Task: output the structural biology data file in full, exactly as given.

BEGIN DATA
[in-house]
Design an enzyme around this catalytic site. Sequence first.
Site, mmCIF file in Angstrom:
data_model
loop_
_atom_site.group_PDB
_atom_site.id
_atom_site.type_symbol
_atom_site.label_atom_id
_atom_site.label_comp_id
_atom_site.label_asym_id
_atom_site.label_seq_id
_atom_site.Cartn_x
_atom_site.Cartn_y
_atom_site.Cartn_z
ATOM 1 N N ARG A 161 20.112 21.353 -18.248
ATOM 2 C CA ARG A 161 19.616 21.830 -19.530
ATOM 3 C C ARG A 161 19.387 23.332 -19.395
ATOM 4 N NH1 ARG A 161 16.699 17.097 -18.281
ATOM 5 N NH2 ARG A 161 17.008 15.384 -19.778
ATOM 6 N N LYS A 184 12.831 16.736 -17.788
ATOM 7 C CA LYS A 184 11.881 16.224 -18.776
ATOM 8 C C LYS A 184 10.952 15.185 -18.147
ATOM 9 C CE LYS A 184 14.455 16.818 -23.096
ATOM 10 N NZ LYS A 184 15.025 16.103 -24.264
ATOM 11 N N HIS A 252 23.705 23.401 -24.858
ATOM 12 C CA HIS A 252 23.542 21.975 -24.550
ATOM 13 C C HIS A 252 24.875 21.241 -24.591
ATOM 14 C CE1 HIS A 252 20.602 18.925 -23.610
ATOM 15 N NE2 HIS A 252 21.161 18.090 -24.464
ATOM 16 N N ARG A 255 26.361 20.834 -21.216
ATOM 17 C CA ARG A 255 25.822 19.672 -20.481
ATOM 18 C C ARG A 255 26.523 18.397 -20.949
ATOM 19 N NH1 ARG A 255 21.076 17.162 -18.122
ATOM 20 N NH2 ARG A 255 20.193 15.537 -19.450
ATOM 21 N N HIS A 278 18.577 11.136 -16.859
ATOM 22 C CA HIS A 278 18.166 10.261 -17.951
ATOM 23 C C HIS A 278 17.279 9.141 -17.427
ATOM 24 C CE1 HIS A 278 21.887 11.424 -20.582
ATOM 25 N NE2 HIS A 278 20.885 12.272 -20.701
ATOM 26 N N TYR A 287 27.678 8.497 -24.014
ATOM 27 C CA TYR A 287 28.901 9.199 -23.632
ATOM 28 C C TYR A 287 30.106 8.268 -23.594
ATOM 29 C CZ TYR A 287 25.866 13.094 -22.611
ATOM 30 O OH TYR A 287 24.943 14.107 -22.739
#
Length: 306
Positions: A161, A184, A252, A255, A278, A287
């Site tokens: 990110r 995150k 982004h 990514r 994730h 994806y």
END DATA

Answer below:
[in-house]
Design an enzyme around this catalytic site. Sequence first.
Site, mmCIF file in Angstrom:
data_model
loop_
_atom_site.group_PDB
_atom_site.id
_atom_site.type_symbol
_atom_site.label_atom_id
_atom_site.label_comp_id
_atom_site.label_asym_id
_atom_site.label_seq_id
_atom_site.Cartn_x
_atom_site.Cartn_y
_atom_site.Cartn_z
ATOM 1 N N ARG A 161 20.112 21.353 -18.248
ATOM 2 C CA ARG A 161 19.616 21.830 -19.530
ATOM 3 C C ARG A 161 19.387 23.332 -19.395
ATOM 4 N NH1 ARG A 161 16.699 17.097 -18.281
ATOM 5 N NH2 ARG A 161 17.008 15.384 -19.778
ATOM 6 N N LYS A 184 12.831 16.736 -17.788
ATOM 7 C CA LYS A 184 11.881 16.224 -18.776
ATOM 8 C C LYS A 184 10.952 15.185 -18.147
ATOM 9 C CE LYS A 184 14.455 16.818 -23.096
ATOM 10 N NZ LYS A 184 15.025 16.103 -24.264
ATOM 11 N N HIS A 252 23.705 23.401 -24.858
ATOM 12 C CA HIS A 252 23.542 21.975 -24.550
ATOM 13 C C HIS A 252 24.875 21.241 -24.591
ATOM 14 C CE1 HIS A 252 20.602 18.925 -23.610
ATOM 15 N NE2 HIS A 252 21.161 18.090 -24.464
ATOM 16 N N ARG A 255 26.361 20.834 -21.216
ATOM 17 C CA ARG A 255 25.822 19.672 -20.481
ATOM 18 C C ARG A 255 26.523 18.397 -20.949
ATOM 19 N NH1 ARG A 255 21.076 17.162 -18.122
ATOM 20 N NH2 ARG A 255 20.193 15.537 -19.450
ATOM 21 N N HIS A 278 18.577 11.136 -16.859
ATOM 22 C CA HIS A 278 18.166 10.261 -17.951
ATOM 23 C C HIS A 278 17.279 9.141 -17.427
ATOM 24 C CE1 HIS A 278 21.887 11.424 -20.582
ATOM 25 N NE2 HIS A 278 20.885 12.272 -20.701
ATOM 26 N N TYR A 287 27.678 8.497 -24.014
ATOM 27 C CA TYR A 287 28.901 9.199 -23.632
ATOM 28 C C TYR A 287 30.106 8.268 -23.594
ATOM 29 C CZ TYR A 287 25.866 13.094 -22.611
ATOM 30 O OH TYR A 287 24.943 14.107 -22.739
#
Length: 306
Positions: A161, A184, A252, A255, A278, A287
């Site tokens: 990110r 995150k 982004h 990514r 994730h 994806y």